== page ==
To proceed with your renovation plans during the MCO period, opt for contactless consultations, and move your meetings online.
How To Make Your Home Elderly Friendly
Do you have your elders living with you? Without a doubt, you would want to make your home comfortable for them to move around easily and ensure that it is safe as well as homely. To do so, you may have to make some minor interior adjustments to accommodate their requirements.
Here's what to look out for when you're looking to upgrade your home to be more elderly-friendly.
Safety first; so when planning your living room, keep clutter away and obstacles out of sight. You don’t want your parent to go bumping or tripping on things! Opt for well-lit conditions (or floor-to-ceiling windows for ample natural sunlight). Buying furniture? You might want to consider light furniture that are easy to move around should you need to make space or reach for things that may have fallen underneath. A big no in our opinion as carpets increase the chances of tripping and falling.
Where the kitchen’s involved, there needs to be functionality and practicality so that any work done there is easy and everything is accessible. A tip: Include lower racks as part of your kitchen design so that you can store things that are often used to minimise the need of climbing up stools. You can also consider installing pull-down shelves for easy reach or add pullout shelves to reduce the strain of bending over to reach the back of cabinets. All of these can be easily designed by your interior designer.
One thing that comes to mind to make your bathroom safe for an elderly person or even a wheelchair-impaired individual is definitely ample space. With this in mind, it is important that your bathrooms are big enough to accommodate the wheelchair or even allow ample space for your elderly relative to move around comfortably. So when talking to your interior designer, be sure to mention this fact so that he or she can include it into the design.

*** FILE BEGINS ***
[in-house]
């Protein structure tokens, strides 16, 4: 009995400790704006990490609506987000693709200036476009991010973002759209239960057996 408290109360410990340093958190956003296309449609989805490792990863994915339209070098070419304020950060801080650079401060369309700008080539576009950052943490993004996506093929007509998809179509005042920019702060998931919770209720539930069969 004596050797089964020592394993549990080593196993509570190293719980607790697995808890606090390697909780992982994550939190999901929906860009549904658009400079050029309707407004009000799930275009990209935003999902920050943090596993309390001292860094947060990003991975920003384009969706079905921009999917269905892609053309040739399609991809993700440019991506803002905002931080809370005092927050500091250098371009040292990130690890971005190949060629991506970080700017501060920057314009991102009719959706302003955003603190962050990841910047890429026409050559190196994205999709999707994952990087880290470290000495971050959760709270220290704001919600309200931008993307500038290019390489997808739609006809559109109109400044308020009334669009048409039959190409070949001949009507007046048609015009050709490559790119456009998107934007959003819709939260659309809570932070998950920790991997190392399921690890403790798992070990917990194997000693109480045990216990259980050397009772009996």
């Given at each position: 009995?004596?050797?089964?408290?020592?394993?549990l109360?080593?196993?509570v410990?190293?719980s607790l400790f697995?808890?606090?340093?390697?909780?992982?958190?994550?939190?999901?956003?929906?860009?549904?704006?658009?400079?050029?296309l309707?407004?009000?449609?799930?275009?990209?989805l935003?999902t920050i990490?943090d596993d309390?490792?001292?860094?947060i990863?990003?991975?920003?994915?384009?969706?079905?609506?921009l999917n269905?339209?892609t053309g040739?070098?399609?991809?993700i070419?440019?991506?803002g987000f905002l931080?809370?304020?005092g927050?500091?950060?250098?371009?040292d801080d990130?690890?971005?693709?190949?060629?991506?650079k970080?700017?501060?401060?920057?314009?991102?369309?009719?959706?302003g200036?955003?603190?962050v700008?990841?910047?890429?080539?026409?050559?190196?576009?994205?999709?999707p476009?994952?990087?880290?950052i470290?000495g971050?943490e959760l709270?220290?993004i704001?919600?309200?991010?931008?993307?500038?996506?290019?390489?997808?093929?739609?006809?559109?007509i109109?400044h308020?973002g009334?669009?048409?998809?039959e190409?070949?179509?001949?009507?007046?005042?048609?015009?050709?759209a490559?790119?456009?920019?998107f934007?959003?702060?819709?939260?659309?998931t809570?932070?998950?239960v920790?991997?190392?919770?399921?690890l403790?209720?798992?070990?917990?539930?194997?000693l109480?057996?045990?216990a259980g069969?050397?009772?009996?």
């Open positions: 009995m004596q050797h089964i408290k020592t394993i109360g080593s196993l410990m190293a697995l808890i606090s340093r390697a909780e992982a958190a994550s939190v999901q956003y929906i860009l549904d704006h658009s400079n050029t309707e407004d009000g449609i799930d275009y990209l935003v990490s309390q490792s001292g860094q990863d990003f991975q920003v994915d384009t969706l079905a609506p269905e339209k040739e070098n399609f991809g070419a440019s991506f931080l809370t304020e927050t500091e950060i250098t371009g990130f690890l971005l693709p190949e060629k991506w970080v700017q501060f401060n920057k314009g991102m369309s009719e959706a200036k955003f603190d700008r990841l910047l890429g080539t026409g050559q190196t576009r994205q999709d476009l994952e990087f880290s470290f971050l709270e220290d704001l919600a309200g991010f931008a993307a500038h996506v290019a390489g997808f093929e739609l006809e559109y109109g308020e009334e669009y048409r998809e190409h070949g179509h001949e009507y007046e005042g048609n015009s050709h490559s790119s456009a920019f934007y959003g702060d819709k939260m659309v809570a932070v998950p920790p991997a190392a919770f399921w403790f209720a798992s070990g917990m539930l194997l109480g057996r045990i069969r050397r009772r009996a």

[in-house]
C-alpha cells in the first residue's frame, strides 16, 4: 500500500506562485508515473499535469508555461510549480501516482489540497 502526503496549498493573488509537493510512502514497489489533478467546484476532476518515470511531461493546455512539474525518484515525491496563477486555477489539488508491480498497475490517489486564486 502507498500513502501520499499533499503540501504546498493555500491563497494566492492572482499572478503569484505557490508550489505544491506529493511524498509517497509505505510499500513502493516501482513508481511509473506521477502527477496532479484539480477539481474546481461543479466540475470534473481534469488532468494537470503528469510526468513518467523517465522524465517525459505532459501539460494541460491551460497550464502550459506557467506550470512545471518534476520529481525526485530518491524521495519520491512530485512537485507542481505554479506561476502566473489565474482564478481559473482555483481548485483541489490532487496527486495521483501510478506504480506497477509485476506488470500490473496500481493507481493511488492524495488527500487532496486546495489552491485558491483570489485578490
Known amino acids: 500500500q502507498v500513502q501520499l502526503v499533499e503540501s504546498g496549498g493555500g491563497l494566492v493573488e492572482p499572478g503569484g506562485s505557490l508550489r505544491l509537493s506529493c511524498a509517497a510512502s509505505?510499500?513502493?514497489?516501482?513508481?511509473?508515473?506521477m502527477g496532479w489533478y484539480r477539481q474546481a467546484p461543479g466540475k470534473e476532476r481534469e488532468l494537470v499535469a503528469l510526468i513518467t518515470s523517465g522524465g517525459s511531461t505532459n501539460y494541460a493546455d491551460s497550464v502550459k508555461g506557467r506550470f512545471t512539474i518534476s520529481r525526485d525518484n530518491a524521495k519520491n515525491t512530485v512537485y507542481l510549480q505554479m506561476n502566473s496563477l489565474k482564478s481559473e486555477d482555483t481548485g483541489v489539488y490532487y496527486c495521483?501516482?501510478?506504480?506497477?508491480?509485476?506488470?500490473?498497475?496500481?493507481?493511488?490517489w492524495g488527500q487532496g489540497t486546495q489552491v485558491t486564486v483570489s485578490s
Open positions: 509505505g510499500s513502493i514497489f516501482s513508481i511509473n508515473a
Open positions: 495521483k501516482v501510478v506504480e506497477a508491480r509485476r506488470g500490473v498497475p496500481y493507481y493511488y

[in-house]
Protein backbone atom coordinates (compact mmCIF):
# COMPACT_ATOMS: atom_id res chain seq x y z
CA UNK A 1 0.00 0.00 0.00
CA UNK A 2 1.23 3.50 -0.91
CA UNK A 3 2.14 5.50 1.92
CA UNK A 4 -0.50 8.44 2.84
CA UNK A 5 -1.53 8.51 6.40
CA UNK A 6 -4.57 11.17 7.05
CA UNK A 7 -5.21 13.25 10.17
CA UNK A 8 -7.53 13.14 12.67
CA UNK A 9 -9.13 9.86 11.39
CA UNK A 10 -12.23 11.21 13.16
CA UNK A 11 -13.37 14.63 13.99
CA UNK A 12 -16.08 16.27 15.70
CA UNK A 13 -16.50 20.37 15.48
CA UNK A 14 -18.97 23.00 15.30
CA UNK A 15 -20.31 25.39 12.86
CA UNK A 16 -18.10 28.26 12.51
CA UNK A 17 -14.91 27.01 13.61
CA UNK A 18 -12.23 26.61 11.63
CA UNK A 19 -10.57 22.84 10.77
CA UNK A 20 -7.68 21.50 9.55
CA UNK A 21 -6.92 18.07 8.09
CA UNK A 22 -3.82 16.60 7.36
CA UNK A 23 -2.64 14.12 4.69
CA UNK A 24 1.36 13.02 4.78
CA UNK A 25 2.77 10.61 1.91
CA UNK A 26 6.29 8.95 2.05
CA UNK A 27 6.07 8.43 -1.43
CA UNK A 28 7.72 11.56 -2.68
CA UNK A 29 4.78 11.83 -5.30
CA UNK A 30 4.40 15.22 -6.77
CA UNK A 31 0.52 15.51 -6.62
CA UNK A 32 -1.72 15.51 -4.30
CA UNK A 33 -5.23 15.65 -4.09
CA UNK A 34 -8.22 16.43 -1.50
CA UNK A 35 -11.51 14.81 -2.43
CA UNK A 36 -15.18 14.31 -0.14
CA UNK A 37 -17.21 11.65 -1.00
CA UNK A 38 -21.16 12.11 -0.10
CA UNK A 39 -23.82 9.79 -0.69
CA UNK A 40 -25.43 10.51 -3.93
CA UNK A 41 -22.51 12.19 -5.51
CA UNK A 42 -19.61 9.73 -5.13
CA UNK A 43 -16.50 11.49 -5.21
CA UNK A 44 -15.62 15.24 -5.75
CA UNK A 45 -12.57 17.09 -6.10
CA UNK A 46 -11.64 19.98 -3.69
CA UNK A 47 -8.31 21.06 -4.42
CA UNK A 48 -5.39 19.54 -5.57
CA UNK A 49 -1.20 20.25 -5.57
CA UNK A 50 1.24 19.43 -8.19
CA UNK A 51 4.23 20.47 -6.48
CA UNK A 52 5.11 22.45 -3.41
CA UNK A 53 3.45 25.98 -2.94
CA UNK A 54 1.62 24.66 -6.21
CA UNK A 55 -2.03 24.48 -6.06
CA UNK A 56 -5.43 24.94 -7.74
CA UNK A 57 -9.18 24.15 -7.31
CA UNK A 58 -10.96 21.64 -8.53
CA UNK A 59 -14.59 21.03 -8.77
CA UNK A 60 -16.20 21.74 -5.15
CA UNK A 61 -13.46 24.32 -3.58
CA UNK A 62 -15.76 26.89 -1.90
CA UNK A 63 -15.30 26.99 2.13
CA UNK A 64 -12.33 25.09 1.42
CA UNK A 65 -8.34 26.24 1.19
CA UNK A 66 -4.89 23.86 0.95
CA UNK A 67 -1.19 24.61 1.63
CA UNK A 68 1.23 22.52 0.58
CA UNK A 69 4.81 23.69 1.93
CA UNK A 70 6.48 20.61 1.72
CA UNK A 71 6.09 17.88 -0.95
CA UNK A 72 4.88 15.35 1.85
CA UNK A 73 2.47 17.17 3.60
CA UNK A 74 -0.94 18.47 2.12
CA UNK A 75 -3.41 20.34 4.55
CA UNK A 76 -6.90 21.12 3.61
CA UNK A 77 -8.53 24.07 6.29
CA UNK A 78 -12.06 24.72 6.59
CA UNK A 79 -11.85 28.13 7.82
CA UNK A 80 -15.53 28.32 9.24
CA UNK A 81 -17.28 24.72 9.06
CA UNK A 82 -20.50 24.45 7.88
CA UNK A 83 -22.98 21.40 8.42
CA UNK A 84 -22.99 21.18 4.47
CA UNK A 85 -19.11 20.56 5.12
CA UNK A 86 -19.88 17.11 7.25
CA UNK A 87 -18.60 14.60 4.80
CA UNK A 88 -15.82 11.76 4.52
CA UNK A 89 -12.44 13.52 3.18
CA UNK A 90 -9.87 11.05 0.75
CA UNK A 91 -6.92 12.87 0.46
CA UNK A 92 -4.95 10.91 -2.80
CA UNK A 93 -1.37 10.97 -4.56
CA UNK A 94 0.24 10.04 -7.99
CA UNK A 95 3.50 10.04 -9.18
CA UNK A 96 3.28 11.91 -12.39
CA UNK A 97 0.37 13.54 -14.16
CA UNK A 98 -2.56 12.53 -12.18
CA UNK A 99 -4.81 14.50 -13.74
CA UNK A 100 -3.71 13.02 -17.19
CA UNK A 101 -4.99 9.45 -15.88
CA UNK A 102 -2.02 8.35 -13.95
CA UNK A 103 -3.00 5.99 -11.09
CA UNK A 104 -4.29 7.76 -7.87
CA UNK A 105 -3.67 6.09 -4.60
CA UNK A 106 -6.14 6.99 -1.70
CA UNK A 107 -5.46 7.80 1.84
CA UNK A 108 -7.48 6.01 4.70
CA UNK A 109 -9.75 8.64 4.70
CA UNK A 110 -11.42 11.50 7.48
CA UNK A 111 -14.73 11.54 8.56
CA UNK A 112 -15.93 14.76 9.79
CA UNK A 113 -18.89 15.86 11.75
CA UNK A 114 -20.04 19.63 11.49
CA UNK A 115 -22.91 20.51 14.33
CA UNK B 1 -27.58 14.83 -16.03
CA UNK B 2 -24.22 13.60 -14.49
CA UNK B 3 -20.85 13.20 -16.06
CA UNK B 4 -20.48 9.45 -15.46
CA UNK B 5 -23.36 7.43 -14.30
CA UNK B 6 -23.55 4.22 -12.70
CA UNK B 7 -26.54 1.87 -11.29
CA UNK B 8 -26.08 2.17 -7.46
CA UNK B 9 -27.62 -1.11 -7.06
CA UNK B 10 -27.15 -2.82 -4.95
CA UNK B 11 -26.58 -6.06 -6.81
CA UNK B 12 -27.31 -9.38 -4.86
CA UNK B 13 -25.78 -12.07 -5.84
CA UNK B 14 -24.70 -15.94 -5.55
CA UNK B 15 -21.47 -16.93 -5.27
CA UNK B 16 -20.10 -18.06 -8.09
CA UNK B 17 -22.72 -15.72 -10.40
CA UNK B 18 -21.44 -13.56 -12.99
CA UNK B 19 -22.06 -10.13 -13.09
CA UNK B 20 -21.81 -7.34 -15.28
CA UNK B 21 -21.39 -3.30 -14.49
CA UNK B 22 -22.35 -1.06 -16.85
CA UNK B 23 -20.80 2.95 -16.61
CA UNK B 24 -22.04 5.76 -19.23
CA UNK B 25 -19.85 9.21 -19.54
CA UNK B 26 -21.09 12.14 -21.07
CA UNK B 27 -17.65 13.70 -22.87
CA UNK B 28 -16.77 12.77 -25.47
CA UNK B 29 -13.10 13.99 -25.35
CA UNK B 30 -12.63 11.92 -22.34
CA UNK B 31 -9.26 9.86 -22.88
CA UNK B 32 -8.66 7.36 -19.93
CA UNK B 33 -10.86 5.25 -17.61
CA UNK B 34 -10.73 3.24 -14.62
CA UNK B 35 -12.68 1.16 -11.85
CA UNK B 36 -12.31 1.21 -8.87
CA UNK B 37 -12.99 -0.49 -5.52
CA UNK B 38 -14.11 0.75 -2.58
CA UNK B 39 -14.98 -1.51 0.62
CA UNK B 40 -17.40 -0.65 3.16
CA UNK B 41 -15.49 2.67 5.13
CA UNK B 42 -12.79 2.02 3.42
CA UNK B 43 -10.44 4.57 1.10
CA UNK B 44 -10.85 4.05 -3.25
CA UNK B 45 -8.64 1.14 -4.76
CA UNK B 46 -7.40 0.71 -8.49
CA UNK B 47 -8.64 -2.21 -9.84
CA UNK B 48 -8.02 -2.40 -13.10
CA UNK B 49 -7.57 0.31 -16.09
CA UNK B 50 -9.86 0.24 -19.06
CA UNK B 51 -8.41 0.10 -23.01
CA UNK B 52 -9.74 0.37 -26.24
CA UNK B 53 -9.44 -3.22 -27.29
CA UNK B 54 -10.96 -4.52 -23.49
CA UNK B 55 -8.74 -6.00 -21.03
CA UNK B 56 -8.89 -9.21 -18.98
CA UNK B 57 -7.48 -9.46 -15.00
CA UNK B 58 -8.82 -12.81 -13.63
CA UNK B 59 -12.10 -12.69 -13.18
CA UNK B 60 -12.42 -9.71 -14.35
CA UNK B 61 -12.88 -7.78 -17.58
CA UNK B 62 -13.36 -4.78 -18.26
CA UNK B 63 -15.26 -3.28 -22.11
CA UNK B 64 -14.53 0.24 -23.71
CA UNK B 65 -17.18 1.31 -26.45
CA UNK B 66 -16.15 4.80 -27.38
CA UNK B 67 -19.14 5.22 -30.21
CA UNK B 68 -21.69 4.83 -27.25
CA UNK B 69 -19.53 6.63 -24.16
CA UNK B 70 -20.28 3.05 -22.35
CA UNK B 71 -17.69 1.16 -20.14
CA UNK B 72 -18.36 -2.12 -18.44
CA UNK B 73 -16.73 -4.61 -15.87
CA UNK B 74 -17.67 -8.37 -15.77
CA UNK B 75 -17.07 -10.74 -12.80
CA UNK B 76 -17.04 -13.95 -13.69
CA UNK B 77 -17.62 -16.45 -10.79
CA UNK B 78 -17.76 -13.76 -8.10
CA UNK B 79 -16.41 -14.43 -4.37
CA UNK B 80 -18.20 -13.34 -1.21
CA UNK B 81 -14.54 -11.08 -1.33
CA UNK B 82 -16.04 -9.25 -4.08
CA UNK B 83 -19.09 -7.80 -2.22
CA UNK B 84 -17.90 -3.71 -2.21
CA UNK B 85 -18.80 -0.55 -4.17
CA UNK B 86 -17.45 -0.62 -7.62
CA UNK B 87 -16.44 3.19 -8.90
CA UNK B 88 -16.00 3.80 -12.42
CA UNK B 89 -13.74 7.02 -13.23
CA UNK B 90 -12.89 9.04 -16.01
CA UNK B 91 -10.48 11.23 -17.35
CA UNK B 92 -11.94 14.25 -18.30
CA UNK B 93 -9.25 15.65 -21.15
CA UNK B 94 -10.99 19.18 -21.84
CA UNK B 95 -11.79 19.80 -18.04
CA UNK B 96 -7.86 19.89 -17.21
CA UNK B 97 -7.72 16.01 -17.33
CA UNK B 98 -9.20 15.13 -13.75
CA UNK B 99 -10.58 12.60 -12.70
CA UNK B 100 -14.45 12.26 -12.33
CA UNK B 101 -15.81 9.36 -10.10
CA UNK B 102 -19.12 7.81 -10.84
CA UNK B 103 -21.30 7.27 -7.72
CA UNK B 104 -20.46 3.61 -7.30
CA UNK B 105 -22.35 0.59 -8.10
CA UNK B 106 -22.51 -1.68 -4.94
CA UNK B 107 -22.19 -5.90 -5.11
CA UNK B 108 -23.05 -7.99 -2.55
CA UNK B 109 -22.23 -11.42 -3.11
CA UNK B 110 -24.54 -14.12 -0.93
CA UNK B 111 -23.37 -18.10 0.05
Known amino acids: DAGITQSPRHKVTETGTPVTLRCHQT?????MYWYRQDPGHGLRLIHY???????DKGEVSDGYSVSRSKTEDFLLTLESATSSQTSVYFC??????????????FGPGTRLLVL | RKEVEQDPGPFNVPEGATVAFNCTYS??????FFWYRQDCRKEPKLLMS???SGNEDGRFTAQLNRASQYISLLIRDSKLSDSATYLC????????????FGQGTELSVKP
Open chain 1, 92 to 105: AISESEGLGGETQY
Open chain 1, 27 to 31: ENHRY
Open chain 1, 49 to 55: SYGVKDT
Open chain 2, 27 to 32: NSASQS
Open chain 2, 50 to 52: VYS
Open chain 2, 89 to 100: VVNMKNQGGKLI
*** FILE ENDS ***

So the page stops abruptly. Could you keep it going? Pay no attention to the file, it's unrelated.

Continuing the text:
Other things to consider? For safety, add a ramp at the entrance (for wheelchair users) and grab bars at the side of the toilet so that it is easy to sit down or stand up. A step-in shower is safer than a tub, and a handheld shower head is easier to use than a fixed shower head. Do include slip-resistant tiles on the floor as well. Your interior designer should be able to give you a recommendation on what materials to use.
Plan out the bedroom so that things frequently used are within reach. Think of installing lower drawers or cabinets so that they can be used for storage. You might want to install light switches that are easy to reach or have a torchlight nearby for emergencies. Another tip? Get your interior designer to include a spacious wardrobe in the bedroom design – this way, things can be stored safely without anything falling and hurting someone.
- Consider installing bells and telephones in the bathrooms and bedrooms in case someone elderly needs help. This comes in handy for those who are mobility impaired as well.
- Motion-sensor smart home devices that light up when they detect movements can come in quite handy for your home.
- Doorknobs can be a chore for someone with arthritis. Make life easier by replacing them with lever-style hardware to make life easier.
- Lighting is especially critical on staircases so a well-lit staircase is ideal. You might want to consider adding a coloured border to the edge of the step to prevent falls.